For many people, the desire to have kids is probably some combination of those things. And that’s not necessarily wrong. I’ve just come to believe that it’s not ENOUGH. For me, there has to be a deeper sense of calling and with that a commitment to sacrificing whatever is required to parent well.

Understanding what parenting really means and what it requires has convinced me that it isn’t something that should be undertaken lightly. I believe that God took the desire for children away from me for a season because it isn’t the right time. Not long after I’d had this total change of heart, the opportunity for my husband and I to move overseas came up. Our move abroad has been one of the best decisions we’ve ever made, and we wouldn’t have made it if we’d had a child or even been trying to have one.

I don’t know if this feeling will last forever or if God will bring back that desire again at the right time. I do believe that God is ultimately in control of my family and that whether or not we have children depends on him much more than on me. But as much as it depends on me, I want to make sure I pursue motherhood for the right reasons. And if I should get pregnant unintentionally, then I will embrace that as a clear sign of God’s timing and will trust that he will equip me for what he’s calling me to.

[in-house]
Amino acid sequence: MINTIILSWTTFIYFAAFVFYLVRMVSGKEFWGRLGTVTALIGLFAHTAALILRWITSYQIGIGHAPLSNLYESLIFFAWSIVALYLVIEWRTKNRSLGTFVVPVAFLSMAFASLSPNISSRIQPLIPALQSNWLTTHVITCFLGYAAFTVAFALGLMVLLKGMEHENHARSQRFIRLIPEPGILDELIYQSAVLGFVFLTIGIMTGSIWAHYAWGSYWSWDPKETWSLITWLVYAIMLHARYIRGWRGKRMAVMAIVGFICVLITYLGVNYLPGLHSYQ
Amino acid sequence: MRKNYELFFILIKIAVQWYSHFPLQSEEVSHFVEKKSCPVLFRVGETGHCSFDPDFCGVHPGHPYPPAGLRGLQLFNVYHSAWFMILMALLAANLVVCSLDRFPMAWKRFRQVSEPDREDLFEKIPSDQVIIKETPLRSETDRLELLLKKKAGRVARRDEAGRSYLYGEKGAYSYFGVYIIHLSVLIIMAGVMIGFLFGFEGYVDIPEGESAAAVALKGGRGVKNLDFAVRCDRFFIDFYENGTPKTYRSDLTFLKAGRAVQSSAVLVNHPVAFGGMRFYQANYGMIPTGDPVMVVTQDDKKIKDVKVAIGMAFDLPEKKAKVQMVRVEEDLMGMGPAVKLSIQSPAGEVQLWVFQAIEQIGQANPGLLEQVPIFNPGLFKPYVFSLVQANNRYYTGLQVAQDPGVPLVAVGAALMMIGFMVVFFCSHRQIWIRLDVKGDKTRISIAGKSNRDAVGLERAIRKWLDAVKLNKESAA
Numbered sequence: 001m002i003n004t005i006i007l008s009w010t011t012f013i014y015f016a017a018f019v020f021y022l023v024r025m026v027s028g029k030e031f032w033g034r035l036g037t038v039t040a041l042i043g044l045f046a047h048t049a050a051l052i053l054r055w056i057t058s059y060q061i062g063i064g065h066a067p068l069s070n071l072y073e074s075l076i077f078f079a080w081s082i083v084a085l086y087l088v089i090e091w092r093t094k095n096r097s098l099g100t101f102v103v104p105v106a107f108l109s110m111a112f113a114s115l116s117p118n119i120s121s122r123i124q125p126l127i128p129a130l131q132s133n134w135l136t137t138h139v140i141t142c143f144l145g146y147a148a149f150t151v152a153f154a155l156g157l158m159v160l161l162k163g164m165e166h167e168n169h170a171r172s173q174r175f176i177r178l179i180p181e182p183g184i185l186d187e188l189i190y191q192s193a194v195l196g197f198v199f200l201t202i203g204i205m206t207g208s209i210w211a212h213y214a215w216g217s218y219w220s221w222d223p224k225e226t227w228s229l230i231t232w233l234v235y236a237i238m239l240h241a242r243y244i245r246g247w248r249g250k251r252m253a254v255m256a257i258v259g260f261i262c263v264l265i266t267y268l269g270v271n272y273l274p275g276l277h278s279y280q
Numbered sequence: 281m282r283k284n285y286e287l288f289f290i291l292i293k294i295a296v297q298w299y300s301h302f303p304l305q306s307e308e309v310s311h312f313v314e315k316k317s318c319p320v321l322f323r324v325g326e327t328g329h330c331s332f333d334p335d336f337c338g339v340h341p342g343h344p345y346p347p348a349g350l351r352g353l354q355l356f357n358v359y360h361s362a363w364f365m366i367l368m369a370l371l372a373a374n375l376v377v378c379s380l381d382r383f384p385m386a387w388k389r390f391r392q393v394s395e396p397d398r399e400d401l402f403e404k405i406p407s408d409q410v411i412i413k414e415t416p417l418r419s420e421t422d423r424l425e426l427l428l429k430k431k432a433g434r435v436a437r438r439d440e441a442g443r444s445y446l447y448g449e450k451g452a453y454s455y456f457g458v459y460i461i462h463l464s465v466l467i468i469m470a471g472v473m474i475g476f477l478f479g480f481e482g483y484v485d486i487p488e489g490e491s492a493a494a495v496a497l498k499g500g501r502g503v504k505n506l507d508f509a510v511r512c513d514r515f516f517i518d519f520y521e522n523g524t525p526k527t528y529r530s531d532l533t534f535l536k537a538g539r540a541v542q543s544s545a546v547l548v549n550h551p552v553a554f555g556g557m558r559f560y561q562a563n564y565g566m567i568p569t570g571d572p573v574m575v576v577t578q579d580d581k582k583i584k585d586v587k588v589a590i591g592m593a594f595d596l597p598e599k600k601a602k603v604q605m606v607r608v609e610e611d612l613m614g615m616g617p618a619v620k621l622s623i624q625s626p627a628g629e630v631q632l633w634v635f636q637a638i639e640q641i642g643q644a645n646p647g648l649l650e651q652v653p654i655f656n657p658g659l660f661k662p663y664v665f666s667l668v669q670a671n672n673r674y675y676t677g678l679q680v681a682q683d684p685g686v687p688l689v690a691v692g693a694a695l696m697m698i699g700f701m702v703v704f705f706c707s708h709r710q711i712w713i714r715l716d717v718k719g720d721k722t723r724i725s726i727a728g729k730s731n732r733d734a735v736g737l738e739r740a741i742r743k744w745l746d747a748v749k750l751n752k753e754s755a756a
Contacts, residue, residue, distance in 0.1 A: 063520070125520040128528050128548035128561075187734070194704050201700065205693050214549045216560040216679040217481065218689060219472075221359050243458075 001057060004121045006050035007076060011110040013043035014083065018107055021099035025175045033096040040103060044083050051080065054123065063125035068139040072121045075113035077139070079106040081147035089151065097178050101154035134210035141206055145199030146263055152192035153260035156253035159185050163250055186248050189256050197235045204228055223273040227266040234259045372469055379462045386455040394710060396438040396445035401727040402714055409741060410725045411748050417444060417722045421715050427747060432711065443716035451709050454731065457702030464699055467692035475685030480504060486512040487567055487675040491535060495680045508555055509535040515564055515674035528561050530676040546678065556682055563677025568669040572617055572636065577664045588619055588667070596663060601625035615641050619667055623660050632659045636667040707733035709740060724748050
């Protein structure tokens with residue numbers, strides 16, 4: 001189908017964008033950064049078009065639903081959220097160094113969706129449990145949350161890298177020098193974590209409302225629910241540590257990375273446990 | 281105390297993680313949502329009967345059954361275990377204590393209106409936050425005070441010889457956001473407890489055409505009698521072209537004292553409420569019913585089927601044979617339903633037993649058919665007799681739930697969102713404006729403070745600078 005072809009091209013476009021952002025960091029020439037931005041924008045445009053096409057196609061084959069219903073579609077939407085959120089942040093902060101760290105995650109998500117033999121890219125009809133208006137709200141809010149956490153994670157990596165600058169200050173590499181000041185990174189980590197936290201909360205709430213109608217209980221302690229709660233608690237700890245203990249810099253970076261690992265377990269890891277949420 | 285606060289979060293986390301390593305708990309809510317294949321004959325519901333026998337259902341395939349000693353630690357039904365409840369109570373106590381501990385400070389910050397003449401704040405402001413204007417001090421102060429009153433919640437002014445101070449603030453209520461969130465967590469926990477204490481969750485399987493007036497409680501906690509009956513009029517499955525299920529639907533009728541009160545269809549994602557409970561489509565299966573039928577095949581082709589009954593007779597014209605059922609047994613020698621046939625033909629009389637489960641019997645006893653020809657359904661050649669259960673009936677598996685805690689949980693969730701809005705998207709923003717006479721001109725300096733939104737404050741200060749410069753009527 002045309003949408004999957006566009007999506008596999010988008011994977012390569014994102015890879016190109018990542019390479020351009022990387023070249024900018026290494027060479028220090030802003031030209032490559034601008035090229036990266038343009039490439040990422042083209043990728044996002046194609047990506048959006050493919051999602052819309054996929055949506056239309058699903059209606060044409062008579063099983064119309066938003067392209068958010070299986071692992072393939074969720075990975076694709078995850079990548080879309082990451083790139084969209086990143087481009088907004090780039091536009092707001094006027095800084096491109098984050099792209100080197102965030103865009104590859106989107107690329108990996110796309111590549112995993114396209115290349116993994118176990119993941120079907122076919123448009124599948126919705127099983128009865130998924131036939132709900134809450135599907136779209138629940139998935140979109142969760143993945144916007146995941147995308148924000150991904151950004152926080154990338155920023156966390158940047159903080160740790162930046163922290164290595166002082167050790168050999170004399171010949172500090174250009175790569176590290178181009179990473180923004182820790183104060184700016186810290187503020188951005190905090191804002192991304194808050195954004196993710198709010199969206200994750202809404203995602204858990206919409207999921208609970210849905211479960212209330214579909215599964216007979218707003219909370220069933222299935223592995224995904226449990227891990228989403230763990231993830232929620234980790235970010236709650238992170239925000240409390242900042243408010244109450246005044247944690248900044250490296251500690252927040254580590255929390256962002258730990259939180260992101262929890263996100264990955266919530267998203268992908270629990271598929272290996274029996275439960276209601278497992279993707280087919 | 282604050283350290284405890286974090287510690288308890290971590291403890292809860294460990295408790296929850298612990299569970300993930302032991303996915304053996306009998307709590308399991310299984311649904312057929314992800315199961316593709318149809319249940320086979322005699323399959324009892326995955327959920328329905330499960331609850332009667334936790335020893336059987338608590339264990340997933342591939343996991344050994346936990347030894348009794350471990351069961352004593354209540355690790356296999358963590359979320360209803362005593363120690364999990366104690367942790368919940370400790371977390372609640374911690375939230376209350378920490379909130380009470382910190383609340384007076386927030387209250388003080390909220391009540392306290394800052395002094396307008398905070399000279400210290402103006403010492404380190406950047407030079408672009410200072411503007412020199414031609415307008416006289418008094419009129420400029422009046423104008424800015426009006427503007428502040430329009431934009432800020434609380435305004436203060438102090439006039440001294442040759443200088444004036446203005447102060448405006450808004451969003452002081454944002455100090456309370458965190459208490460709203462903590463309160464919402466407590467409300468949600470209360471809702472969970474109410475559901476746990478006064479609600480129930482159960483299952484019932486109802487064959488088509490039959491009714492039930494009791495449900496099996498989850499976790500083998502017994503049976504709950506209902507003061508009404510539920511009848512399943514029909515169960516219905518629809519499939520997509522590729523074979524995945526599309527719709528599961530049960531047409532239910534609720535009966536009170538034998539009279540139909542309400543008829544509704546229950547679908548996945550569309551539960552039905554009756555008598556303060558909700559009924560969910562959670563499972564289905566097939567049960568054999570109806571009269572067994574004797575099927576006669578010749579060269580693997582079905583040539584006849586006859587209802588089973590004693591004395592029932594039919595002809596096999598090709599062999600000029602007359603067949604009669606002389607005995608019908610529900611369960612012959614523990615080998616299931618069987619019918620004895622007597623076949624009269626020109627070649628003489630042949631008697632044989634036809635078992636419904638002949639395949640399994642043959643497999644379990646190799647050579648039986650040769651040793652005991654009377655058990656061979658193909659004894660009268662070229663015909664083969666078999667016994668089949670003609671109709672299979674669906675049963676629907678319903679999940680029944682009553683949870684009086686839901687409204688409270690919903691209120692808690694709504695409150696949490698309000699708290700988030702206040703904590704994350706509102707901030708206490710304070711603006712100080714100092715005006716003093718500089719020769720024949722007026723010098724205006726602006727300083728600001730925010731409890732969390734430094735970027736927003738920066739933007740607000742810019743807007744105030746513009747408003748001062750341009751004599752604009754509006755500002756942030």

I used to long for motherhood, but now to be (or not to be) a mom is something I strive to hold with open hands. I want to keep it in proper perspective, neither looking at it as a means of personal fulfilment nor refusing it out of fear or selfishness. To be a mom is a high calling, but it isn’t everyone’s calling. I want to be sure I’m listening to mine.

Lily Dunn is an ice cream connoisseur, a Disney fanatic, and a fellow raiSIN hater trying to live an authentic, intentional life. She lives and teaches with her husband in Daegu, South Korea and blogs at lilyellyn.wordpress.com. Follow her on Twitter @lilyellyn

[For a whole range of other stories arising from the phrase ‘To Be A Mom’, click here]